Understanding CPU Translation Layers: ARM to x86/x64 for Windows, macOS, and Linux

Understanding CPU Translation Layers: ARM to x86/x64 for Windows, macOS, and Linux

As technology continues to evolve, the need for seamless interoperability between different hardware architectures becomes increasingly crucial. One significant aspect of this interoperability is the ability to run software compiled for one CPU architecture on another. This blog post explores how CPU translation layers enable the execution of ARM-compiled applications on x86/x64 platforms across Windows, macOS, and Linux.

Windows OS: Bridging ARM and x86/x64

Microsoft’s approach to running ARM applications on x86/x64 hardware is embodied in Windows 10 on ARM. This system allows ARM-based devices to run Windows efficiently, incorporating several key technologies:

  • WOW (Windows on Windows): This subsystem provides compatibility for 32-bit x86 applications on ARM devices through a mix of emulation and native execution.
  • x86/x64 Emulation: Windows 10 and 11 on ARM can emulate both x86 and x64 applications. The emulation layer dynamically translates x86/x64 instructions to ARM instructions at runtime, using Just-In-Time (JIT) compilation techniques to convert code as it is needed.
  • Native ARM64 Support: To avoid the performance overhead associated with emulation, Microsoft encourages developers to compile their applications directly for ARM64.

macOS: The Power of Rosetta 2

Apple’s transition from Intel (x86/x64) to Apple Silicon (ARM) has been facilitated by Rosetta 2, a sophisticated translation layer designed to make this process as smooth as possible:

  • Dynamic Binary Translation: Rosetta 2 converts x86_64 instructions to ARM instructions on-the-fly, enabling users to run x86_64 applications transparently on ARM-based Macs.
  • Ahead-of-Time (AOT) Compilation: For some applications, Rosetta 2 can pre-translate x86_64 binaries to ARM before execution, boosting performance.
  • Universal Binaries: Apple encourages developers to use Universal Binaries, which include both x86_64 and ARM64 executables, allowing the operating system to select the appropriate version based on the hardware.

Linux: Flexibility with QEMU

Linux’s open-source nature provides a versatile approach to CPU translation through QEMU, a widely-used emulator that supports various architectures, including ARM to x86/x64:

  • User-mode Emulation: QEMU can run individual Linux executables compiled for ARM on an x86/x64 host by translating system calls and CPU instructions.
  • Full-system Emulation: It can also emulate a complete ARM system, enabling an x86/x64 machine to run an ARM operating system and its applications.
  • Performance Enhancements: QEMU’s performance can be significantly improved with KVM (Kernel-based Virtual Machine), which allows near-native execution speed for guest instructions.

How Translation Layers Work

The translation process involves several steps to ensure smooth execution of applications across different architectures:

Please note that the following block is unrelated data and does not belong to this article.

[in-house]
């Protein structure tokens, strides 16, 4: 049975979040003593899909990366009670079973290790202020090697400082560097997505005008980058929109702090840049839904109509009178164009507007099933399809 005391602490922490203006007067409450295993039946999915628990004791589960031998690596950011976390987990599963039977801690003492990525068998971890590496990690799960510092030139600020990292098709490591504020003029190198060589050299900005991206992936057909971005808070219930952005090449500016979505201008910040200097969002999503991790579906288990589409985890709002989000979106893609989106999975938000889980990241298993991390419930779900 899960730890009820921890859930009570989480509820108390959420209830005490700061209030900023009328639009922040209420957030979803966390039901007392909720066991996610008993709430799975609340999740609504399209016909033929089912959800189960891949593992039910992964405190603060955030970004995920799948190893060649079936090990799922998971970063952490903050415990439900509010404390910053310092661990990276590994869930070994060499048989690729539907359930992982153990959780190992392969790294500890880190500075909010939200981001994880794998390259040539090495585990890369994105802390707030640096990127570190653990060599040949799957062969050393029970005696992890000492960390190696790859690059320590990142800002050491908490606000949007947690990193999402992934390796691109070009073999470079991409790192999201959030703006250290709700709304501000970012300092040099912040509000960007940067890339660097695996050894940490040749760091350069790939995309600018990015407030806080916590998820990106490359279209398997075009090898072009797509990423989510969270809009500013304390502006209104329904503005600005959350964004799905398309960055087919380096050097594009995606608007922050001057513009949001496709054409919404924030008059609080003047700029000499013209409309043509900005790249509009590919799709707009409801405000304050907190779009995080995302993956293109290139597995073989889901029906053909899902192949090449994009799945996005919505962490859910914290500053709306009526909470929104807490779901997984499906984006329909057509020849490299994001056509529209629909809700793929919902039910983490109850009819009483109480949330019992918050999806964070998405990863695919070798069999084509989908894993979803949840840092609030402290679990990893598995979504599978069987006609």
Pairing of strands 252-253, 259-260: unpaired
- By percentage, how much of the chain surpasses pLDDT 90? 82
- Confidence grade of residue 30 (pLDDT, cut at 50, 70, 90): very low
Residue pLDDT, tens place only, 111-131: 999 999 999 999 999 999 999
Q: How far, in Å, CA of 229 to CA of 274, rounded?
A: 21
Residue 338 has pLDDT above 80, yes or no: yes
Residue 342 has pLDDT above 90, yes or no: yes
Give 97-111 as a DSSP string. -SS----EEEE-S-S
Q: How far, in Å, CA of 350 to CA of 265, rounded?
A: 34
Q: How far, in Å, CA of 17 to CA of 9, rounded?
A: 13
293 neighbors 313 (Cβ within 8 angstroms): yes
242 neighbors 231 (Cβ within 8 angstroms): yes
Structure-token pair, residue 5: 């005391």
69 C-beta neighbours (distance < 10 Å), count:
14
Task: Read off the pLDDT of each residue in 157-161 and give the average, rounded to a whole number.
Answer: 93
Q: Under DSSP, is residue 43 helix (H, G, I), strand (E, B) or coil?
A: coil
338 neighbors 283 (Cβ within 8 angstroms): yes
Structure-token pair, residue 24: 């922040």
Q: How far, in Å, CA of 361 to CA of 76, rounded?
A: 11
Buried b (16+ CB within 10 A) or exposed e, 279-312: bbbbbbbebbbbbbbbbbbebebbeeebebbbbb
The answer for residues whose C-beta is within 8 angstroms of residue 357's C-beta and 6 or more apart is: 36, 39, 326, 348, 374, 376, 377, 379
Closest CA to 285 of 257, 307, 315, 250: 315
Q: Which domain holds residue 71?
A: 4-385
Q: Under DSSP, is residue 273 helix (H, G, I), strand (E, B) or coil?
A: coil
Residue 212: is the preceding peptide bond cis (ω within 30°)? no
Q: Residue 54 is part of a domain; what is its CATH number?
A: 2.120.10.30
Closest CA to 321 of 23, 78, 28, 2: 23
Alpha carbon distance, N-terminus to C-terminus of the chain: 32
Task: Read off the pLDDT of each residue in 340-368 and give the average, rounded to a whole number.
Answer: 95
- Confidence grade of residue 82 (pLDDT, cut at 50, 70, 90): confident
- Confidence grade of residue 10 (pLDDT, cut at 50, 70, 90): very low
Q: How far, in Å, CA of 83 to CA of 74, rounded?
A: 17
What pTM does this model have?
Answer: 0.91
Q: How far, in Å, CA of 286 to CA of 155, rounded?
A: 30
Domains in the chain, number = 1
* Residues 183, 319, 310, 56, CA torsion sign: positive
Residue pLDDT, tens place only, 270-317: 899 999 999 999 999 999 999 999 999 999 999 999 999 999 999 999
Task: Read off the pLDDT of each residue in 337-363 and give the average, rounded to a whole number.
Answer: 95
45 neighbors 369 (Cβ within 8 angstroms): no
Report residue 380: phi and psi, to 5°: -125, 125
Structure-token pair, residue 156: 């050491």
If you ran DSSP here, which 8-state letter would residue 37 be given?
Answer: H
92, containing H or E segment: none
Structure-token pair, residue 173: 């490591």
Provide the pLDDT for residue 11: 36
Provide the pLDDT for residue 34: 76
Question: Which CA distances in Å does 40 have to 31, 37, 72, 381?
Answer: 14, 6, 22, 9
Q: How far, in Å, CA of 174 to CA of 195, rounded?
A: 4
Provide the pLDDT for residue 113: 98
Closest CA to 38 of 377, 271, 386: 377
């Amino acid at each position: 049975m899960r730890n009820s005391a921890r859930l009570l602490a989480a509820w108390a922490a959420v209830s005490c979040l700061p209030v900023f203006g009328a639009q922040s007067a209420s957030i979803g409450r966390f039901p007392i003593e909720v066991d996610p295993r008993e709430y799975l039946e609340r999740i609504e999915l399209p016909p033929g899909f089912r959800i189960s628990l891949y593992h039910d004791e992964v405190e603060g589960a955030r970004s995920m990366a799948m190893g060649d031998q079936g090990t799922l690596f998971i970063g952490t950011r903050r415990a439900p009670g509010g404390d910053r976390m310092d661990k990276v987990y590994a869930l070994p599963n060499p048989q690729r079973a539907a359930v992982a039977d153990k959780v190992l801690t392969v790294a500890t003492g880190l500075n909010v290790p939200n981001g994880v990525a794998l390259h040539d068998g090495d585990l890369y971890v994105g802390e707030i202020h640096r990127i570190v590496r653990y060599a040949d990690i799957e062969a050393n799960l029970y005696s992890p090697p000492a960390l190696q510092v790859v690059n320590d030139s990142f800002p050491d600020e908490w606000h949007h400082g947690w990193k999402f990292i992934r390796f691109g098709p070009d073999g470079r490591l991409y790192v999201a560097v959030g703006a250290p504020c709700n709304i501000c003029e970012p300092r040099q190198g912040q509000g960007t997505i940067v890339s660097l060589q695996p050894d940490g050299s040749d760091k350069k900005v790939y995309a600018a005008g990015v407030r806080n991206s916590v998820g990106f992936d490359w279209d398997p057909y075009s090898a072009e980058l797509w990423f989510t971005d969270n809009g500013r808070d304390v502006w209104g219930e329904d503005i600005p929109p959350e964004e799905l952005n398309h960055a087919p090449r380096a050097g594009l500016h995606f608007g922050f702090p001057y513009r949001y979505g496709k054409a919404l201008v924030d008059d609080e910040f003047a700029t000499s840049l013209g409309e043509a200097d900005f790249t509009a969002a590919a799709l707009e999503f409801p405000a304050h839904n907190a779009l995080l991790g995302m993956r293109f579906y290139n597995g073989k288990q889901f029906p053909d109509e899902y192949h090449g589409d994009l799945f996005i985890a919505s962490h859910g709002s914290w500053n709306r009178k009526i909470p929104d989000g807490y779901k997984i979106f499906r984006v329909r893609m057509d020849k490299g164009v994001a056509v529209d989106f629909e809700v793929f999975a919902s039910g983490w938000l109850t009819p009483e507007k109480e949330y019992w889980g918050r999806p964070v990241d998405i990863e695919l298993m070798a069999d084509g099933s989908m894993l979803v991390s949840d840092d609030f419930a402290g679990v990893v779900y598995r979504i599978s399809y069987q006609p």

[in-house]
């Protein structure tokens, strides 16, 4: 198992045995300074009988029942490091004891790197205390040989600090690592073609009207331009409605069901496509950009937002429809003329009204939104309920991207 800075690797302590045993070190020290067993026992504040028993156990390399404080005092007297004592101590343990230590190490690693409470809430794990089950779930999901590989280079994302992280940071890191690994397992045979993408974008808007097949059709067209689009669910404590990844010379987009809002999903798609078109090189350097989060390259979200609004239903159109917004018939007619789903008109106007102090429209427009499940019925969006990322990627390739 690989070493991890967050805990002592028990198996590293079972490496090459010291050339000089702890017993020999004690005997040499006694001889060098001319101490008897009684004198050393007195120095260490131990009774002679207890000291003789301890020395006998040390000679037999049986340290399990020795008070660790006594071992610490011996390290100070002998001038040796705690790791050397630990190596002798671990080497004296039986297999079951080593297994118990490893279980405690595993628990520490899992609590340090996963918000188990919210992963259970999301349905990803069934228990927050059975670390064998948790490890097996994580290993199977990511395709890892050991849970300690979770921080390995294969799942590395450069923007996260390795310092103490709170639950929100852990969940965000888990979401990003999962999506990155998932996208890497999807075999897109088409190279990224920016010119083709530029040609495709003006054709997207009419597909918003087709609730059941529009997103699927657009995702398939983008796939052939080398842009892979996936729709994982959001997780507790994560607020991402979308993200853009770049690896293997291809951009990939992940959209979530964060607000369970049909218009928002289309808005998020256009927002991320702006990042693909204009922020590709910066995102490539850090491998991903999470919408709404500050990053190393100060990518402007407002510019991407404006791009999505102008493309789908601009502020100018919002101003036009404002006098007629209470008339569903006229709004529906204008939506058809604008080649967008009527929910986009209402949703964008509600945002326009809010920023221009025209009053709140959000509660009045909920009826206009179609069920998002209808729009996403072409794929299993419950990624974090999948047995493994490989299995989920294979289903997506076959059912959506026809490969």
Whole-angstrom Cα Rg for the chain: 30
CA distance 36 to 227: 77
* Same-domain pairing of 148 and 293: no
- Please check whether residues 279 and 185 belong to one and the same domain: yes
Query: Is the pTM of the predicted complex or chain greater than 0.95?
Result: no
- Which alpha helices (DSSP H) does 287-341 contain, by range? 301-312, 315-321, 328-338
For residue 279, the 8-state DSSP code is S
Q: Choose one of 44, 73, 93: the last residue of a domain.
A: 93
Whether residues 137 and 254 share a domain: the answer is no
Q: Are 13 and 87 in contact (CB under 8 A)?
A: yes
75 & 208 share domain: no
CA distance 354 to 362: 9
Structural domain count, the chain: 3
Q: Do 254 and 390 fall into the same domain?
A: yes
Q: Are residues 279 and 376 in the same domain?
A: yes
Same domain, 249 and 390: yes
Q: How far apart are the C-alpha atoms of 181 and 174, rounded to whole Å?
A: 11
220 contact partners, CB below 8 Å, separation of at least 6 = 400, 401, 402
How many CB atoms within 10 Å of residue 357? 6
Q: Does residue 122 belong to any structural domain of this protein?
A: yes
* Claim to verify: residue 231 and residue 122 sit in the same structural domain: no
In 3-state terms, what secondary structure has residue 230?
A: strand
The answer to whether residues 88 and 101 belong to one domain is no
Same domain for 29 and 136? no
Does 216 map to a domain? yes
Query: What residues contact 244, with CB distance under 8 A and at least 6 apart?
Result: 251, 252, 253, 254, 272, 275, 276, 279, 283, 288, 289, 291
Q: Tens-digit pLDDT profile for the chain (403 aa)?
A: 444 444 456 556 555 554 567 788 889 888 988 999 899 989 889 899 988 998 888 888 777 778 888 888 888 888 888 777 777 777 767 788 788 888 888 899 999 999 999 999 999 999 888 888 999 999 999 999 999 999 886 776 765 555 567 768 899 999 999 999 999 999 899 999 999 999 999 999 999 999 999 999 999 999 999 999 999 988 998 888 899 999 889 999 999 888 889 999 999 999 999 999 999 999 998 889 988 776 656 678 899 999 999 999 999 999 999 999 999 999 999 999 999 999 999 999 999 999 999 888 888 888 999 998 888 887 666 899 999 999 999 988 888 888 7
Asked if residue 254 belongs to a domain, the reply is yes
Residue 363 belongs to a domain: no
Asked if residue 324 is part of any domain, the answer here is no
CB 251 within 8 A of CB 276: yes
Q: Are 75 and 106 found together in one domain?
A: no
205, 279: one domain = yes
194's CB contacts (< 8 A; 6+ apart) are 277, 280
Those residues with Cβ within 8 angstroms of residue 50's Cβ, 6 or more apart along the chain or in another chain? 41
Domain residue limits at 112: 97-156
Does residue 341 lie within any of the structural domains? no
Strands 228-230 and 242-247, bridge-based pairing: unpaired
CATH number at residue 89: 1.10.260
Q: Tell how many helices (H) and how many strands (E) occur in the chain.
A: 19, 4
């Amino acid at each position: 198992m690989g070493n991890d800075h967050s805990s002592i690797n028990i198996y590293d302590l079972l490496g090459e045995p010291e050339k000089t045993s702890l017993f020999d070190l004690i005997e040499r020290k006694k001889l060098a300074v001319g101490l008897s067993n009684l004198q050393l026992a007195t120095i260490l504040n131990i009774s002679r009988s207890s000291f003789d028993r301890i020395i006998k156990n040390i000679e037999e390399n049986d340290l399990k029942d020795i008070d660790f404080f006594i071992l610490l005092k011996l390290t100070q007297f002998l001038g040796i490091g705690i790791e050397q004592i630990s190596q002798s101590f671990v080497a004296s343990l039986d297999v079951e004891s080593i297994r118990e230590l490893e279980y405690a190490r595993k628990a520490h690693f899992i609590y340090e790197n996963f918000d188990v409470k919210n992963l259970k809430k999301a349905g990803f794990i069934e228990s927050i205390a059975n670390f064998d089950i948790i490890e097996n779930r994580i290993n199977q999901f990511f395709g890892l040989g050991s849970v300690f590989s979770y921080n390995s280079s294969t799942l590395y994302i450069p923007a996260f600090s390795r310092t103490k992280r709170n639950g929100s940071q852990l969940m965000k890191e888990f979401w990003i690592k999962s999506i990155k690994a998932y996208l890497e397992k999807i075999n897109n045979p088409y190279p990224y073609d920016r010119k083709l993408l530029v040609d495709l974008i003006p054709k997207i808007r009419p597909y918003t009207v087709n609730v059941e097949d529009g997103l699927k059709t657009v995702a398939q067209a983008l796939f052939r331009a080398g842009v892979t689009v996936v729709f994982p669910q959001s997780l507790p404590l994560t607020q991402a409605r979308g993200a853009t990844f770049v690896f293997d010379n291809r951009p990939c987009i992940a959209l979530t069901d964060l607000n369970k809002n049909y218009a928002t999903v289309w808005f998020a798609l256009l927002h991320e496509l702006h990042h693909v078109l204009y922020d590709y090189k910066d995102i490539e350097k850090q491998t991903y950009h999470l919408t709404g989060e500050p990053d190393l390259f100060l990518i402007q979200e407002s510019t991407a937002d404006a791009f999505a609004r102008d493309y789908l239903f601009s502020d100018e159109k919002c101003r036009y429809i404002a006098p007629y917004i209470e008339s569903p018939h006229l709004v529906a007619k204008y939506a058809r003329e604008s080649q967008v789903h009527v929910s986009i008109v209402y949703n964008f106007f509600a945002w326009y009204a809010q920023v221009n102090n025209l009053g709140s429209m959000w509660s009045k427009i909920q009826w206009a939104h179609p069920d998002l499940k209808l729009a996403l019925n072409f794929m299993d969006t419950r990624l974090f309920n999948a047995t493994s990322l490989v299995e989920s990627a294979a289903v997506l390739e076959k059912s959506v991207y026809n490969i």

1. Instruction Fetch: The emulator fetches instructions from the source (ARM) binary.
  2. Instruction Decode: The fetched instructions are decoded into a format understandable by the translation layer.
  3. Instruction Translation:
    • JIT Compilation: Converts source instructions into target (x86/x64) instructions in real-time.
    • Caching: Frequently used translations are cached to avoid repeated translation.
  4. Execution: The translated instructions are executed on the target CPU.
  5. System Calls and Libraries:
    • System Call Translation: System calls from the source architecture are translated to their equivalents on the host architecture.
    • Library Mapping: Shared libraries from the source architecture are mapped to their counterparts on the host system.

Performance Considerations

  • Overhead: Emulation introduces overhead, which can impact performance, particularly for compute-intensive applications.
  • Optimization Strategies: Techniques like ahead-of-time compilation, caching, and promoting native support help mitigate performance penalties.
  • Hardware Support: Some ARM processors include hardware extensions to accelerate binary translation.

Developer Considerations

For developers, ensuring compatibility and performance across different architectures involves several best practices:

  • Cross-Compilation: Developers should compile their applications for multiple architectures to provide native performance on each platform.
  • Extensive Testing: Applications must be tested thoroughly in both native and emulated environments to ensure compatibility and performance.


CPU translation layers are pivotal for maintaining software compatibility across different hardware architectures. By leveraging sophisticated techniques such as dynamic binary translation, JIT compilation, and system call translation, these layers bridge the gap between ARM and x86/x64 architectures on Windows, macOS, and Linux. As technology continues to advance, these translation layers will play an increasingly important role in enabling seamless interoperability across diverse computing environments.